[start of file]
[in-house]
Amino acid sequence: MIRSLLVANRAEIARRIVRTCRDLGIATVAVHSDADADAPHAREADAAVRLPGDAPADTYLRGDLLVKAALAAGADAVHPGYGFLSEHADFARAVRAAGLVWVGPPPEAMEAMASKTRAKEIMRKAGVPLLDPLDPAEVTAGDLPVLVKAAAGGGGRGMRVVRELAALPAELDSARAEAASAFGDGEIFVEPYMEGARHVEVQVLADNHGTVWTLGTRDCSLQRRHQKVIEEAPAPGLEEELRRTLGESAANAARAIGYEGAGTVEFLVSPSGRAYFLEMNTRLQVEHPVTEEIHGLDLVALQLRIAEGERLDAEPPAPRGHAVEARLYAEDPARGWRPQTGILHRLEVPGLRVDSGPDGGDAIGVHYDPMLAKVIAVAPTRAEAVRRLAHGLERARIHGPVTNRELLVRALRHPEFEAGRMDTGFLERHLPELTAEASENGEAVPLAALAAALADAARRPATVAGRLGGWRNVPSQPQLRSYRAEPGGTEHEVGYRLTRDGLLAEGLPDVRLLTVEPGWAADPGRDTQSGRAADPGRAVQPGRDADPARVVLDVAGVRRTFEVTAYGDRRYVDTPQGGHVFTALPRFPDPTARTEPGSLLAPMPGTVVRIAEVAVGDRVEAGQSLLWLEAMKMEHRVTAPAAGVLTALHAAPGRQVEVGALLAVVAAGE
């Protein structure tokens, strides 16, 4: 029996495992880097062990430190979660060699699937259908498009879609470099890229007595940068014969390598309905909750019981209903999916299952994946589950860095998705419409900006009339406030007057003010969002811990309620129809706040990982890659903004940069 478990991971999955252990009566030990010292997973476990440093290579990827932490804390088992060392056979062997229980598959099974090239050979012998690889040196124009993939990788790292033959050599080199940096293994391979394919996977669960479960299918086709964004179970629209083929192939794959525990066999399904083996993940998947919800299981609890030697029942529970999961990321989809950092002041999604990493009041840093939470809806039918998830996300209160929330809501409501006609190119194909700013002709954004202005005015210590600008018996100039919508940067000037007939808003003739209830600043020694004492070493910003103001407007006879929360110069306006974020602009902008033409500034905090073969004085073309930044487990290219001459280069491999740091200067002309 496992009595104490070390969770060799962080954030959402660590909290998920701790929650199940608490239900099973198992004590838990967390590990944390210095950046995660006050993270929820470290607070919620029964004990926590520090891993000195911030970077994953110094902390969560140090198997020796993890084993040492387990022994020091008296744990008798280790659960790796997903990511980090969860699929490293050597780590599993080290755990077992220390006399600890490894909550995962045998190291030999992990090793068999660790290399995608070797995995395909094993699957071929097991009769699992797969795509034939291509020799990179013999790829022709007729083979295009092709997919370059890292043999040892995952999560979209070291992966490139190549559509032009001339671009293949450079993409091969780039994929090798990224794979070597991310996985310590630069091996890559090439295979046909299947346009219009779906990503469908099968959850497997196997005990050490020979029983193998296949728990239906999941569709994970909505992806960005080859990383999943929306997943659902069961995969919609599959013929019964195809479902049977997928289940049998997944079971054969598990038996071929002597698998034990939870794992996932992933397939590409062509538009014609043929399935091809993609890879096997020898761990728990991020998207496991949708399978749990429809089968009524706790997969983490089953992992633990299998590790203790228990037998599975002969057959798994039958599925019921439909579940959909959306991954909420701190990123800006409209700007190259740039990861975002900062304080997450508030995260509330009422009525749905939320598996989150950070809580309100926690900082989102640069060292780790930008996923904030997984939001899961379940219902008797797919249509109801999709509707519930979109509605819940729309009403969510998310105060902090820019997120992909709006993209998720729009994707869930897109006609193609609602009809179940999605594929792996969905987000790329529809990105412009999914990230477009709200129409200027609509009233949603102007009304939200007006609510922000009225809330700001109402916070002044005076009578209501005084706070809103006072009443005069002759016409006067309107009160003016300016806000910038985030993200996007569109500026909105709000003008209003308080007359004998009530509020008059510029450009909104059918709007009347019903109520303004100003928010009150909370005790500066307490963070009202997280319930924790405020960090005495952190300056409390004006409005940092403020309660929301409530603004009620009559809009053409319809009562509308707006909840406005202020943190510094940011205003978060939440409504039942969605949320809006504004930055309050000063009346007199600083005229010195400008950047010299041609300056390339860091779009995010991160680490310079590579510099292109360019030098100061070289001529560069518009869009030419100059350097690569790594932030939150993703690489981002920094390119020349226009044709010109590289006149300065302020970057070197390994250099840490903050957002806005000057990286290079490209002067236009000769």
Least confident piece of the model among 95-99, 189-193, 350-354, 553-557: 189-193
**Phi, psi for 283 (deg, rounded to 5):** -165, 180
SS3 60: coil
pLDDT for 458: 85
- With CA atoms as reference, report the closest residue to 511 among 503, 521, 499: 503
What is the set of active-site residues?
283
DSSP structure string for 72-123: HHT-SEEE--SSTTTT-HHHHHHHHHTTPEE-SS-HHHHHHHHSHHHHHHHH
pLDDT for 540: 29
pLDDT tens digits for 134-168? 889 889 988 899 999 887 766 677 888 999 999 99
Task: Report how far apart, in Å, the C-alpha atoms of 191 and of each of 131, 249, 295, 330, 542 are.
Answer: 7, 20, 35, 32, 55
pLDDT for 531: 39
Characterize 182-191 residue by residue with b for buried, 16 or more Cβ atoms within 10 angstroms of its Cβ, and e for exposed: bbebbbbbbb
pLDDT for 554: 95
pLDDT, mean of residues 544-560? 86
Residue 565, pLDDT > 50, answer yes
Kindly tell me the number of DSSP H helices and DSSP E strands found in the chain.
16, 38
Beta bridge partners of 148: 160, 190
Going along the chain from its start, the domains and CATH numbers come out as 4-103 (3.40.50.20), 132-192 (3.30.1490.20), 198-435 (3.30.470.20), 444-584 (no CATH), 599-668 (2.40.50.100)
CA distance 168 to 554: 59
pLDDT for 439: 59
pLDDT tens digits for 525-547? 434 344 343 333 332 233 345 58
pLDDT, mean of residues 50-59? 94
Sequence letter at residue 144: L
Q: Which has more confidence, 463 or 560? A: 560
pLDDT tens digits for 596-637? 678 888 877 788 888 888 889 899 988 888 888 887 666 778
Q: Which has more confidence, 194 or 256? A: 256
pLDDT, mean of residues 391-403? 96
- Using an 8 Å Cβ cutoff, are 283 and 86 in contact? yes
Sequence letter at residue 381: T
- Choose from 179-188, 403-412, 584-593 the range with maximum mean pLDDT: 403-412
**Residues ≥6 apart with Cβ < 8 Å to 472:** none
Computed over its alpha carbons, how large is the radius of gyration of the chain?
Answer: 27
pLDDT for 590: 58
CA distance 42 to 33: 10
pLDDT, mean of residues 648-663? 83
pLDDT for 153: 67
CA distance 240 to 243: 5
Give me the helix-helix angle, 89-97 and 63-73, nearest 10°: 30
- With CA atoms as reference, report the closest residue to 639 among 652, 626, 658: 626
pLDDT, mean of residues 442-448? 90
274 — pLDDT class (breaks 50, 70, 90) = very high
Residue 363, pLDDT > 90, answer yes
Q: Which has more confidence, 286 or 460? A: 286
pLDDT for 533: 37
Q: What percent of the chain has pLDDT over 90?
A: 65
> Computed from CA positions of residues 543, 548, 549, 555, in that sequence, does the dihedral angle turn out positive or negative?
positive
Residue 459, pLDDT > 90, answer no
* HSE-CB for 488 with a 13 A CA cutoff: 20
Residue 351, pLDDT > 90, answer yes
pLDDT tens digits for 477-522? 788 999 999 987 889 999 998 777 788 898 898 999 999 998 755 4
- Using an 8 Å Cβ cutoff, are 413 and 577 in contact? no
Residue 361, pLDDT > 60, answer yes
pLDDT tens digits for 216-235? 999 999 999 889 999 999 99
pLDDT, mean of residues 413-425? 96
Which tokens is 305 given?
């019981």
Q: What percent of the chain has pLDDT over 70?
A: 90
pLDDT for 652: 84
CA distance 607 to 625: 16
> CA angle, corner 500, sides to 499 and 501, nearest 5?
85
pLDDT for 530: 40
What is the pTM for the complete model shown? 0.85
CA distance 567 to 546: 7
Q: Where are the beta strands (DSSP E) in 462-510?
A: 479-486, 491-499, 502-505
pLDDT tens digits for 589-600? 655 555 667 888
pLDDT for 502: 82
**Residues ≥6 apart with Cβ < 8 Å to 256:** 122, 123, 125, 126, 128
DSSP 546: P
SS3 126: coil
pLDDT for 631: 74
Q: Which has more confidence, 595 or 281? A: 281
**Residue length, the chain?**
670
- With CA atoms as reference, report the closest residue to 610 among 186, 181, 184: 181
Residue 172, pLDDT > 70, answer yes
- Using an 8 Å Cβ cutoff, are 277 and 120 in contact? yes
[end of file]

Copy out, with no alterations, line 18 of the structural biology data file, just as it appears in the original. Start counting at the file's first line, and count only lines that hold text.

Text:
pLDDT for 554: 95